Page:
Yeah, but in this solution, government’s roles can essentially be boiled down to monitor, arbiter, and repo-man. It’s easy—even for me, with limited creativity—to see how to replace each of those with private organizations.

    Yes, that’s all possible. But you’re still not going to be able to completely remove the Government, even if you are able to marginalize it to the point where it is simply an accountability supervisor over a privately operated enforcement mechanism.

    And that’s my point. There’s no feasible circumstance under which the Government actor can be removed completely from equation of solving a Tragedy of the Commons issue.

  28. The water under my land is mine, buddy. If I dig a well or have a spring on my land, that water is mine. If it rains on my land, that rain water is mine. It’s not “public water I’m using without paying” or an “externality”.

    Unless the existence of the resource you are tapping is fully self-contained within the boundary of your plot, by what right is it exclusively yours?

    Remember that question next time Nestle taps into “your” water supply via an access point on the next lot and sucks it dry.

  29. Just to address the price of bottled water,
    As long as you aren’t buying fancy water by the single bottle from a gas station, it’s cheap as hell.

    If you are around your water ( like at home) and can use one of those cup or glass things, you can buy a gallon ( or a 2.5 gal or whatever other container you can find) of distilled, purified,drinking, or spring water for somewhere around 69 cents.

    If you prefer the liter individual bottles, you can regularly buy a 24 pack case at any grocery store ( assuming you live in an area with discount stores and at least 2-3 supermarkets competing) for 3-4 bucks. I sometimes get 24 packs for 2.50, or around 5 cents per cup of bottled water.

    Tap water isn’t free. I pay $150 per quarter for my water bill. Thats all from showers ( sorry stinky environmentalists), average laundry use, and running the dishwasher once a week tops. It probably costs me an extra 100 bucks just to use my son’s kiddie pool.

    Plus my tap water is nasty and tastes bad. IF I use only hot water and then chill it, it’s alright. Drinking straight cold tap water is pretty bad. And did I mention it kills fish and eats fixtures?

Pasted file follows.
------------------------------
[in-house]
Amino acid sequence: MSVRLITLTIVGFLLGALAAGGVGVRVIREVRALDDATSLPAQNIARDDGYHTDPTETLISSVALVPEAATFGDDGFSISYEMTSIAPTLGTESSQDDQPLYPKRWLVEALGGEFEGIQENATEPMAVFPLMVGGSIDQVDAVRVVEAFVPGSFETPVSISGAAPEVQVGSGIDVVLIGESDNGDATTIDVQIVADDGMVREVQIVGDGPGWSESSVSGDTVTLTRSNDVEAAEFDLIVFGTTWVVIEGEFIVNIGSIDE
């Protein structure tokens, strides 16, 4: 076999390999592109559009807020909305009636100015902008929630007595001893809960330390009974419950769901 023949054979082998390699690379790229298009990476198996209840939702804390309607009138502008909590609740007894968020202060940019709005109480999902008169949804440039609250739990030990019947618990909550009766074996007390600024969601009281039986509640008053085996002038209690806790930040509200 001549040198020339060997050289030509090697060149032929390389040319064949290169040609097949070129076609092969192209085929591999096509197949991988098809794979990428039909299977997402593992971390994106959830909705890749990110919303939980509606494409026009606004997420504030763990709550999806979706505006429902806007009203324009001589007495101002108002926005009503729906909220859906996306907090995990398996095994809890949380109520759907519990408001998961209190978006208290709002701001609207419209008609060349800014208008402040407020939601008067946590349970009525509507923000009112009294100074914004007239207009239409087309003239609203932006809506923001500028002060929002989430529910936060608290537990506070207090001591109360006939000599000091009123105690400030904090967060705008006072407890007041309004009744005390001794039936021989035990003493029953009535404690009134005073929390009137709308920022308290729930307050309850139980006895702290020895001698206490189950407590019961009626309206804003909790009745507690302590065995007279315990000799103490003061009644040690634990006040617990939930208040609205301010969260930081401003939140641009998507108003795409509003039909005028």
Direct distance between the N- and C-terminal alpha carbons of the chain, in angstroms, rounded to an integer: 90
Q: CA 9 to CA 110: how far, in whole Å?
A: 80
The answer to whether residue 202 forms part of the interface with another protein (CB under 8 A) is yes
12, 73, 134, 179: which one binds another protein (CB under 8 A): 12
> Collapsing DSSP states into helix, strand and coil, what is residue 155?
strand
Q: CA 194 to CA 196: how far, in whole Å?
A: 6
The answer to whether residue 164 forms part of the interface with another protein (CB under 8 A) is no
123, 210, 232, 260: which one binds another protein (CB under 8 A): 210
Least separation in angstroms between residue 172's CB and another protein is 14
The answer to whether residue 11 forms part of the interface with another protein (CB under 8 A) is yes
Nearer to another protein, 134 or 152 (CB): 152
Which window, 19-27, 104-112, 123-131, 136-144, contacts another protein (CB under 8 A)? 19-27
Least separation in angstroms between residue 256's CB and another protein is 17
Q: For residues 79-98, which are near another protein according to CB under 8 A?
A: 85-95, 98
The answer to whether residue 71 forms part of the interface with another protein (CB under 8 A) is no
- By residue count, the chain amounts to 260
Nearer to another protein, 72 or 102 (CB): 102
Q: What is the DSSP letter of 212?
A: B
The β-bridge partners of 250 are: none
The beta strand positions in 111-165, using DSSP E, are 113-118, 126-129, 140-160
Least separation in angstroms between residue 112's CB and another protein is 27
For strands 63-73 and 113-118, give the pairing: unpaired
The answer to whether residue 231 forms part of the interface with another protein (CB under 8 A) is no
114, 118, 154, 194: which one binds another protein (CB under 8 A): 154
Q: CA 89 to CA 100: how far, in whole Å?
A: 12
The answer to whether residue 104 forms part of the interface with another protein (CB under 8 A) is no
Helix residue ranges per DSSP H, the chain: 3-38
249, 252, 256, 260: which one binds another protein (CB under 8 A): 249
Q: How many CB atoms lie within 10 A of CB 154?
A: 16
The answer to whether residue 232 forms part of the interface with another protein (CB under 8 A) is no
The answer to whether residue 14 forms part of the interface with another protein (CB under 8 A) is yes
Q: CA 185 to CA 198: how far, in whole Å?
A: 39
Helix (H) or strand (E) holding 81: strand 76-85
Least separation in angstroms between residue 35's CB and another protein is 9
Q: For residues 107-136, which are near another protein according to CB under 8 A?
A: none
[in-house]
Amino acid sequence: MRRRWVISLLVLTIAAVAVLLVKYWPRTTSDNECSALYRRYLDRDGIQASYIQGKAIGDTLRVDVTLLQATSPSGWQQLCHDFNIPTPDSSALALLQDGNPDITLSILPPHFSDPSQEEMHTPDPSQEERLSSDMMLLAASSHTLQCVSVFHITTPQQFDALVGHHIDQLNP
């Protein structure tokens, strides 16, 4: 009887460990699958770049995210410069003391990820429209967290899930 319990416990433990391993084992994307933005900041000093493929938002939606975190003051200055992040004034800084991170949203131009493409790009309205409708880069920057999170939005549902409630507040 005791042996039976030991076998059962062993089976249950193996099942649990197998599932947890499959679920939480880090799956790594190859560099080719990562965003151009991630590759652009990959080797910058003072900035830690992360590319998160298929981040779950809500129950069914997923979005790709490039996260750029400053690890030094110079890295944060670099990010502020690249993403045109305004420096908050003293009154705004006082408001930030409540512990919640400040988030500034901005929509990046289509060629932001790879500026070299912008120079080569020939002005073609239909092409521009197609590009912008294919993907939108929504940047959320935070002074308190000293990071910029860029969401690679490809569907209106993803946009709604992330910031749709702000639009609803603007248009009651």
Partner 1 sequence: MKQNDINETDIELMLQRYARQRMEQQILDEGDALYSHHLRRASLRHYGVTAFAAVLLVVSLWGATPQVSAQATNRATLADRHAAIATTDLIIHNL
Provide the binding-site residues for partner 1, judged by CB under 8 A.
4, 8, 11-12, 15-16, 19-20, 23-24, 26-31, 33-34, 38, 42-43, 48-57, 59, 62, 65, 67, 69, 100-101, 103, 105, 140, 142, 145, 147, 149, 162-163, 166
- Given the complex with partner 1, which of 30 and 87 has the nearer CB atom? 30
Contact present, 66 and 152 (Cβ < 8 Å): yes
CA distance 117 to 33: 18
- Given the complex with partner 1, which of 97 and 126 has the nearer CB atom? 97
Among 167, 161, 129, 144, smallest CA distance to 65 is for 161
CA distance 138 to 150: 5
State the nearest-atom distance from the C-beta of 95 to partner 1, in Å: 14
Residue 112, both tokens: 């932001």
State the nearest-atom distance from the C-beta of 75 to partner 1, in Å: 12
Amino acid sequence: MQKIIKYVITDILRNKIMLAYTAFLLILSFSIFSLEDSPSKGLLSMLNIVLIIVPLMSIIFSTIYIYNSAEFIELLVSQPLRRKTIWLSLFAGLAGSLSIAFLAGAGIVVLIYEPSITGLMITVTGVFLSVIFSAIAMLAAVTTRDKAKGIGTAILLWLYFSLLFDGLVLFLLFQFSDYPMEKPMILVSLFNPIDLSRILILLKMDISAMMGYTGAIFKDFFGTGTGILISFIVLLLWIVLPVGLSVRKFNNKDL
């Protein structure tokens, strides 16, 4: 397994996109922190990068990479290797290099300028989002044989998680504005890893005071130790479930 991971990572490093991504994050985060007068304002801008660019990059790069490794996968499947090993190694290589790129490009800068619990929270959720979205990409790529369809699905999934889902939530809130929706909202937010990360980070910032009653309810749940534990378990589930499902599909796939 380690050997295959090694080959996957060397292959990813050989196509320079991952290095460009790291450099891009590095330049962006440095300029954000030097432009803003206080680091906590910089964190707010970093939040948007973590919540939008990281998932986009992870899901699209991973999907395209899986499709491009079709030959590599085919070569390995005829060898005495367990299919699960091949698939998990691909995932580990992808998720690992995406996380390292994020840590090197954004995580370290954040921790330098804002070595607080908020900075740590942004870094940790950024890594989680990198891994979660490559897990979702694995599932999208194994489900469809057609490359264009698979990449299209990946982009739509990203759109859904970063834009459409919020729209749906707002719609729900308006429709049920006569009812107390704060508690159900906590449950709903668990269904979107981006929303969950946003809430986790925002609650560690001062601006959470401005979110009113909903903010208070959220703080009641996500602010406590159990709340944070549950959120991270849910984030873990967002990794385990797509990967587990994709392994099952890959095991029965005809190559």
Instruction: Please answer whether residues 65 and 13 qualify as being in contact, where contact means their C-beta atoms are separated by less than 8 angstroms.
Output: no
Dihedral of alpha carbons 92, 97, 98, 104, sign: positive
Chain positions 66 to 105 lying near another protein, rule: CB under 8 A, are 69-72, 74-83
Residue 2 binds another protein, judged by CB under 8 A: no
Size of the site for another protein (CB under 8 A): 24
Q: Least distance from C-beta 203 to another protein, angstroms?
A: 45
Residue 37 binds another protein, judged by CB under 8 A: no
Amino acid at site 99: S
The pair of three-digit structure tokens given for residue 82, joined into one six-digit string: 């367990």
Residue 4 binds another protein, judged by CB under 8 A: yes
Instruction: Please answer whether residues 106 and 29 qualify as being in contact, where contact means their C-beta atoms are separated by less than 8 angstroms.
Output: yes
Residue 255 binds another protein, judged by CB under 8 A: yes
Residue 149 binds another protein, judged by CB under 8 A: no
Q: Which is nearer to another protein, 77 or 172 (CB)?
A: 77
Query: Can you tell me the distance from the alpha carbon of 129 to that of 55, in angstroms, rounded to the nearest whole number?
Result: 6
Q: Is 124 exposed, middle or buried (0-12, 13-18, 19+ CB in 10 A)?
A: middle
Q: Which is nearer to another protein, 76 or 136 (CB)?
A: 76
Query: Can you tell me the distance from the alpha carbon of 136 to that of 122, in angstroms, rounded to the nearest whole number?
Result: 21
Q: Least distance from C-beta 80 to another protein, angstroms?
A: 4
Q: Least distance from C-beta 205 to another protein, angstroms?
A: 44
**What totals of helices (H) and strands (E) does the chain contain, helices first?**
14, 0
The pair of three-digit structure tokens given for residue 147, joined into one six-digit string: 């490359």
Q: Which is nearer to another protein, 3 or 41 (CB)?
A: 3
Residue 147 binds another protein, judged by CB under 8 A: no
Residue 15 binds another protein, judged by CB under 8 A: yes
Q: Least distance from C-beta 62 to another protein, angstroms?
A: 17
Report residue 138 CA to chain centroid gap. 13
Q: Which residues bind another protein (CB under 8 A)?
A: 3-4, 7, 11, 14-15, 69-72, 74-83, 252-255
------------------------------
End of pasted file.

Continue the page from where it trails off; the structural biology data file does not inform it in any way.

30. “The water under my land is mine, buddy.”

    Change the word “water” for “oil” and you have the pretext of Iraq’s invasion of Kuwait.

  31. How do these fucking morons feel about agriculture?

    Water Content of Foods

    Dry seeds, such as the grains and legumes were intentionally left off the following list as they should have a common moisture content of 10% or less. All pure fats and oils contain no water. The water content of each of the foods below is shown by the number following the food. After these foods have been dehydrated, their weight will be reduced by close to the following percentage:
    Almonds 7%
    Apples 85%
    Apricots 85%
    Bananas 76%
    Bean Sprouts 92%
    Beef Raw Hamburger 54%
    Bread Whole Wheat 35%
    Broccoli 91%
    Butter 20%

    You can get C – Z here. How do people get this goddam stupid? I’ve tried mass quantities of ethanol and can’t even approach this level of idiocy.

  32. This year the Vermont legislature passed a bill declaring groundwater a “public trust”:

    http://www.leg.state.vt.us/docs/legdoc.cfm?URL=/docs/2008/bills/senate/S-304.HTM

    They say all it does is require anyone who pumps more than 57,600 gallons a day to get a permit first, but you just know that eventually all wells in Vermont are going to licensed, taxed, and inspected.

  33. I’ve enjoyed watching the same pretentious jackasses who started the bottled water fad suddenly reverse course and become anti-bottled water, for whatever idiot reasons.

    Keep the entertainment coming, folks.

  34. Royte,
    What gets people so upset is that water is necessary for life. We can live without timber and we can live without oil, but water is something that everyone has to have access to, and it has to be affordable for everyone.

    Her argument stems from a non-sequitur: water is necessary for life, SO it must be made affordable. Ok, I did not expect her to be a logician, but heck, this is an easy one!

    And once we go down this path of letting these corporations control it, there’s no telling where it will go.

    A slippery-slope fallacy. Oh, dear.

    Bottled water, if it indeed hurts tap water by taking away public support to improve and protect it, will disproportionately hurt those who can’t afford to buy their water privately.

    Something like: If people prefer bottled over tap water, then we must make damned sure people USE tap water regardless of their preferences! Forward, Ho!

    Mike Riggs is correct: Her objection to bottled water stems more from her anti-market ideology than any real concern for her fellow beings.